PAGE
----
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A Checklist: Preparing for the Worst

(Courtesy of the South Florida Sun-Sentinel)

Here is a checklist for parents and others planning for the unthinkable: What will happen to their youngsters and their property if they die?

First, pick the person you trust most to be the guardian of your children and their future assets, and who will be there for the long term and who shares your values. This may not be your current romantic interest or a close blood relative.

You can make one person responsible for raising your child and another for your money.

Make sure your guardian choice will accept the responsibility before making the designation. Divorced couples should make the guardian decision together — and consider naming each other, as the courts would be likely to award one of them guardianship anyway should they petition for it.

Give your guardian choice a certified copy of your will, or tell them where you have stored yours. Pick an attorney who is board-certified in estates and wills, meaning they have received advanced training. Lawyers must have a certification to claim they "specialize" in any area, according to Florida Bar rules.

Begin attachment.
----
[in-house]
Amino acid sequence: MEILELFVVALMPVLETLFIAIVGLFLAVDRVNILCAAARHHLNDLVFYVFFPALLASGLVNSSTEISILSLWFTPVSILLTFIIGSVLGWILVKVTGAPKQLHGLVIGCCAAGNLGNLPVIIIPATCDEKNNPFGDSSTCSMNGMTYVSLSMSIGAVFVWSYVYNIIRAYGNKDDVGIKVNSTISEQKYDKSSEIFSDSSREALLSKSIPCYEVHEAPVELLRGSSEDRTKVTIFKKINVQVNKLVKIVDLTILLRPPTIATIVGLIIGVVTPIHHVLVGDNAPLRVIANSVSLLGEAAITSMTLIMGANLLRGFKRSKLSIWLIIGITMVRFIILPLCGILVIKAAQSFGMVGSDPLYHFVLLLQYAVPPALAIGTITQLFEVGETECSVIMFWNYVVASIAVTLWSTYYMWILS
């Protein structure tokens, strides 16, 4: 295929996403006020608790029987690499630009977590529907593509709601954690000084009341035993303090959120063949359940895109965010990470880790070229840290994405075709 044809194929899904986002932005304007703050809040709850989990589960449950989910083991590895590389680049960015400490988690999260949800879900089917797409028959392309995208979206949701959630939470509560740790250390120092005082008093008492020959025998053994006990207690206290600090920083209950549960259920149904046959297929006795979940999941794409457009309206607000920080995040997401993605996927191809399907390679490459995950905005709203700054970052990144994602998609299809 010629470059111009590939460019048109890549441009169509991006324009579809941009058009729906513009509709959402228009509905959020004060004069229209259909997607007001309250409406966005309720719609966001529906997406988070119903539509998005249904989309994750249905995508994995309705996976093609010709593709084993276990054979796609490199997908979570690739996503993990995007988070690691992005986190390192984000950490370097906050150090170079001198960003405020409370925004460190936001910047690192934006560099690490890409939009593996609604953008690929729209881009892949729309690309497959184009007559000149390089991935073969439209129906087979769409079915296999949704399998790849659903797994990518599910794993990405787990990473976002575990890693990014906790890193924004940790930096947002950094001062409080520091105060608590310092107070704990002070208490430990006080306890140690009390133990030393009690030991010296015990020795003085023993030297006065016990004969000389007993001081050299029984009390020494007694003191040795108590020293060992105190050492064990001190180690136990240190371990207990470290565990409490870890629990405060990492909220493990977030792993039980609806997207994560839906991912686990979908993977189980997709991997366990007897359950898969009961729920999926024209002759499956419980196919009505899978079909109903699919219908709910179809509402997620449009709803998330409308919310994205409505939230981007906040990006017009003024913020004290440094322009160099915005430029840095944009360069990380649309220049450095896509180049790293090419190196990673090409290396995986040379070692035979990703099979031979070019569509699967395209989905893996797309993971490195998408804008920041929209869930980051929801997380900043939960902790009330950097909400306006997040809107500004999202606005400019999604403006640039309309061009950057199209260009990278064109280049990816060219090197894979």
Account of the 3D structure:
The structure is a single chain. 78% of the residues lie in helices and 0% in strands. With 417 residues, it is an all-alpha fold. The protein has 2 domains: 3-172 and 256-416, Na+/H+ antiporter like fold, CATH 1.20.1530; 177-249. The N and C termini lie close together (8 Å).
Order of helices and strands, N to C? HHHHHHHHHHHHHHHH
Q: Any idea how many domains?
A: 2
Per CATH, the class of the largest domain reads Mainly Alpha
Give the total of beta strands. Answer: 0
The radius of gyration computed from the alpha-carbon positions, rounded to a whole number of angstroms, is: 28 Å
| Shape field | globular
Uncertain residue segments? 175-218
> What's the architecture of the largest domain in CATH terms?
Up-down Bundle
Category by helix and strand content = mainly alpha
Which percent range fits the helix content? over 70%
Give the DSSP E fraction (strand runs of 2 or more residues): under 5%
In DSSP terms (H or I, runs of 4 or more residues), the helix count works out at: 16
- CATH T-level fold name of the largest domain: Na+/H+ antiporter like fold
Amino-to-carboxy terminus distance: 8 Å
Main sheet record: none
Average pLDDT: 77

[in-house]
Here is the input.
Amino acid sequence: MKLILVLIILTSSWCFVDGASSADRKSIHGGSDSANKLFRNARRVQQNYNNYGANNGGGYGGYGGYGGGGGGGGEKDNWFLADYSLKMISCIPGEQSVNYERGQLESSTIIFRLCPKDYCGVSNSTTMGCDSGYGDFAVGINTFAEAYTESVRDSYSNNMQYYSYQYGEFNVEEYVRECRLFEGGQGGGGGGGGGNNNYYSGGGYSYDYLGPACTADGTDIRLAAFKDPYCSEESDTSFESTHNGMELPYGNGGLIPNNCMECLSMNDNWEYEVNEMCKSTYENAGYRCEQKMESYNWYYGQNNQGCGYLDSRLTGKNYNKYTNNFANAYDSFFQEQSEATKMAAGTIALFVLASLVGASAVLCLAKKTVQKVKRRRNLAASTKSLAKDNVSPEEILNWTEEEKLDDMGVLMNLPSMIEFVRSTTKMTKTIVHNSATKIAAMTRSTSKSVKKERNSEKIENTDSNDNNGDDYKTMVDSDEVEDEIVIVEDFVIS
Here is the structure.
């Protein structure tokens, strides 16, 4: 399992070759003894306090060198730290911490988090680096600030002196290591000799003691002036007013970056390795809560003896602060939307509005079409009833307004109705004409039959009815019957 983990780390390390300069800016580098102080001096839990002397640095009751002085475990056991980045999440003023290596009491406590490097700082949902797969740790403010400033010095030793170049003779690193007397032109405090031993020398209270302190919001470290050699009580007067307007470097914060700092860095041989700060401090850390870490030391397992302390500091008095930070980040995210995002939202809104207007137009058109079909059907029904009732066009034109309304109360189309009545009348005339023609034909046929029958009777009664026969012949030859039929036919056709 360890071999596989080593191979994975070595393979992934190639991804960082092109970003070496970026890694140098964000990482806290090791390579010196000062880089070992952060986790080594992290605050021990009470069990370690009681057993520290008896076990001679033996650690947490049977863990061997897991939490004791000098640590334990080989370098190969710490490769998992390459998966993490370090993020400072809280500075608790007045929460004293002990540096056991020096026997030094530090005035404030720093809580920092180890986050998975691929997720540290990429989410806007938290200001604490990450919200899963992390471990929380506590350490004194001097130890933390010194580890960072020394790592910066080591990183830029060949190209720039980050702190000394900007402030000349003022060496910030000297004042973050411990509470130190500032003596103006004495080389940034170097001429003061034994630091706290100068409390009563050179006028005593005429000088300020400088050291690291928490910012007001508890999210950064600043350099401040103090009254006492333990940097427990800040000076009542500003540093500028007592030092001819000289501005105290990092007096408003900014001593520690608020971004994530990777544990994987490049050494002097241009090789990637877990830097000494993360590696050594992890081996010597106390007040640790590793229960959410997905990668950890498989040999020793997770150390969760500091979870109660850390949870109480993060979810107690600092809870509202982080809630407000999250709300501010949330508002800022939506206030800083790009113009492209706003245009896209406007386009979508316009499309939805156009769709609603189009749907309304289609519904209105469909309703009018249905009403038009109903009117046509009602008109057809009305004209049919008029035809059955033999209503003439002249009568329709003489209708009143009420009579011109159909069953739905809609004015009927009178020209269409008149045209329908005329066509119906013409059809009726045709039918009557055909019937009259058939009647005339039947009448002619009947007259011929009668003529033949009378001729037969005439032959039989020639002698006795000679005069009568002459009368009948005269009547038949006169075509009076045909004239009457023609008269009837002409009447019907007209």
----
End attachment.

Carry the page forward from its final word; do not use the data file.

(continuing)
Assets for children can be held in trusts with specific requirements. For example: $40,000 could be left to a child but only available after he or she graduates from college.

Make your decisions about guardians, and specific asset distributions, before you get to the attorney's office. This will save you using billable hours haggling over these choices.

Disabled minor and adult children require special-needs trusts, as an inheritance could put them over the asset limits for state and federal assistance.

When you make your will, also buy life insurance that will replace your income and support your children. Get a policy big enough to fund major future expenses, like college, if they aren't covered under other savings.

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